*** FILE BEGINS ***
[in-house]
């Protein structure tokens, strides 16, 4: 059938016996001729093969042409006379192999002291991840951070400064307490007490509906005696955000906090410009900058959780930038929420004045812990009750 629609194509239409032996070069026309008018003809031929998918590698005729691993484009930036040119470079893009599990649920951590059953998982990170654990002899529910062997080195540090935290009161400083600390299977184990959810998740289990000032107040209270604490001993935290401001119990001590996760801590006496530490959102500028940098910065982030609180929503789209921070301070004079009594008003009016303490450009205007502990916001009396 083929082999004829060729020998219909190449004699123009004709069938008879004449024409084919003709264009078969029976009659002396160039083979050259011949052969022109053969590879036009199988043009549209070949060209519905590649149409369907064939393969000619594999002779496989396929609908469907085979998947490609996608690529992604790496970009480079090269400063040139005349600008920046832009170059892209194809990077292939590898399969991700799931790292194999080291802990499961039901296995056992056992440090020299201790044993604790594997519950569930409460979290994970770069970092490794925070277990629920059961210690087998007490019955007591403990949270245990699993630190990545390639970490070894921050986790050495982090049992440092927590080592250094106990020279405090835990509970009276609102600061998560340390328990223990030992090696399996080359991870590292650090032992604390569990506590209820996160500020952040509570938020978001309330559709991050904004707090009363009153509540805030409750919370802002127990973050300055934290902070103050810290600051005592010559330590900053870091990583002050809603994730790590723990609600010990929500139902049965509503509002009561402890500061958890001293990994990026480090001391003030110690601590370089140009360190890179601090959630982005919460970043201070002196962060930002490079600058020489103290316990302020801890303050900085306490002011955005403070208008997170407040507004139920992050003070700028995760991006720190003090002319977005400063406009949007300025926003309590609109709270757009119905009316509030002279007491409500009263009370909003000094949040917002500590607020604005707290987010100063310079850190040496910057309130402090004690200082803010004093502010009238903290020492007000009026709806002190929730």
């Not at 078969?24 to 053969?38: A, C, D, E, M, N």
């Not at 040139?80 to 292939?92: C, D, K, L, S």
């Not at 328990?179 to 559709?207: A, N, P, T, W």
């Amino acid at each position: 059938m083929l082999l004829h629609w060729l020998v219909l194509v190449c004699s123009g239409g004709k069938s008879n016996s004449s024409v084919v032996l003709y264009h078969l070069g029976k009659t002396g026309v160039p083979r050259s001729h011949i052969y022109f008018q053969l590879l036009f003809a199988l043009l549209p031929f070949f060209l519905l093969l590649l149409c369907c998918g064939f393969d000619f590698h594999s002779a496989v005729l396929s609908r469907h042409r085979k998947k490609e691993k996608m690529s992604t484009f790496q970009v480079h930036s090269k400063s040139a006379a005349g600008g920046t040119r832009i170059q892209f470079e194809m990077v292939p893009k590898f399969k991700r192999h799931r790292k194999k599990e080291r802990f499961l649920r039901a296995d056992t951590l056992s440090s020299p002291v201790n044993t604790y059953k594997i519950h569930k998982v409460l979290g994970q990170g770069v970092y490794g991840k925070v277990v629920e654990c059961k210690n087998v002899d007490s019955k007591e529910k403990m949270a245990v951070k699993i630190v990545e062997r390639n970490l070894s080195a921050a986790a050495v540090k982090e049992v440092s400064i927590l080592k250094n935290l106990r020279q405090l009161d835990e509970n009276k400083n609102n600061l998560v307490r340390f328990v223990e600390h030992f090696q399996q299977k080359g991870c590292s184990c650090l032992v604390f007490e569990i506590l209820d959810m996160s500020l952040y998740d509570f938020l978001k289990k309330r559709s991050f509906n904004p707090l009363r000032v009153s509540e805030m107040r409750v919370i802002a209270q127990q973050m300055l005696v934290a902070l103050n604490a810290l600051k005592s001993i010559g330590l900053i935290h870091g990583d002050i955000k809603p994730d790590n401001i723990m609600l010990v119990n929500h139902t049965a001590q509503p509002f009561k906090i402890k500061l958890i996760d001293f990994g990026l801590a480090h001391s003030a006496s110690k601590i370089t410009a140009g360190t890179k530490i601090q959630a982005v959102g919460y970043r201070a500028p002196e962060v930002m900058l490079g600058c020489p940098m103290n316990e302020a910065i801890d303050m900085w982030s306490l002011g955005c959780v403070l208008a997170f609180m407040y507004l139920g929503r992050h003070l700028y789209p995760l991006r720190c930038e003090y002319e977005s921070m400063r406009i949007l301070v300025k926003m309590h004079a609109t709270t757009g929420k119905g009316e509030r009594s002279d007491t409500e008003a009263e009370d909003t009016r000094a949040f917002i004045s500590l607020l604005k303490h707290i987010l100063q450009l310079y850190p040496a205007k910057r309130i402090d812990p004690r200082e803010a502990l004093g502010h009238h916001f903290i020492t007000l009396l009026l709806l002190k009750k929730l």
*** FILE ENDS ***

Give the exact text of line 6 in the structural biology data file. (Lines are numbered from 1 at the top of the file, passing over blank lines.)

């Amino acid at each position: 059938m083929l082999l004829h629609w060729l020998v219909l194509v190449c004699s123009g239409g004709k069938s008879n016996s004449s024409v084919v032996l003709y264009h078969l070069g029976k009659t002396g026309v160039p083979r050259s001729h011949i052969y022109f008018q053969l590879l036009f003809a199988l043009l549209p031929f070949f060209l519905l093969l590649l149409c369907c998918g064939f393969d000619f590698h594999s002779a496989v005729l396929s609908r469907h042409r085979k998947k490609e691993k996608m690529s992604t484009f790496q970009v480079h930036s090269k400063s040139a006379a005349g600008g920046t040119r832009i170059q892209f470079e194809m990077v292939p893009k590898f399969k991700r192999h799931r790292k194999k599990e080291r802990f499961l649920r039901a296995d056992t951590l056992s440090s020299p002291v201790n044993t604790y059953k594997i519950h569930k998982v409460l979290g994970q990170g770069v970092y490794g991840k925070v277990v629920e654990c059961k210690n087998v002899d007490s019955k007591e529910k403990m949270a245990v951070k699993i630190v990545e062997r390639n970490l070894s080195a921050a986790a050495v540090k982090e049992v440092s400064i927590l080592k250094n935290l106990r020279q405090l009161d835990e509970n009276k400083n609102n600061l998560v307490r340390f328990v223990e600390h030992f090696q399996q299977k080359g991870c590292s184990c650090l032992v604390f007490e569990i506590l209820d959810m996160s500020l952040y998740d509570f938020l978001k289990k309330r559709s991050f509906n904004p707090l009363r000032v009153s509540e805030m107040r409750v919370i802002a209270q127990q973050m300055l005696v934290a902070l103050n604490a810290l600051k005592s001993i010559g330590l900053i935290h870091g990583d002050i955000k809603p994730d790590n401001i723990m609600l010990v119990n929500h139902t049965a001590q509503p509002f009561k906090i402890k500061l958890i996760d001293f990994g990026l801590a480090h001391s003030a006496s110690k601590i370089t410009a140009g360190t890179k530490i601090q959630a982005v959102g919460y970043r201070a500028p002196e962060v930002m900058l490079g600058c020489p940098m103290n316990e302020a910065i801890d303050m900085w982030s306490l002011g955005c959780v403070l208008a997170f609180m407040y507004l139920g929503r992050h003070l700028y789209p995760l991006r720190c930038e003090y002319e977005s921070m400063r406009i949007l301070v300025k926003m309590h004079a609109t709270t757009g929420k119905g009316e509030r009594s002279d007491t409500e008003a009263e009370d909003t009016r000094a949040f917002i004045s500590l607020l604005k303490h707290i987010l100063q450009l310079y850190p040496a205007k910057r309130i402090d812990p004690r200082e803010a502990l004093g502010h009238h916001f903290i020492t007000l009396l009026l709806l002190k009750k929730l």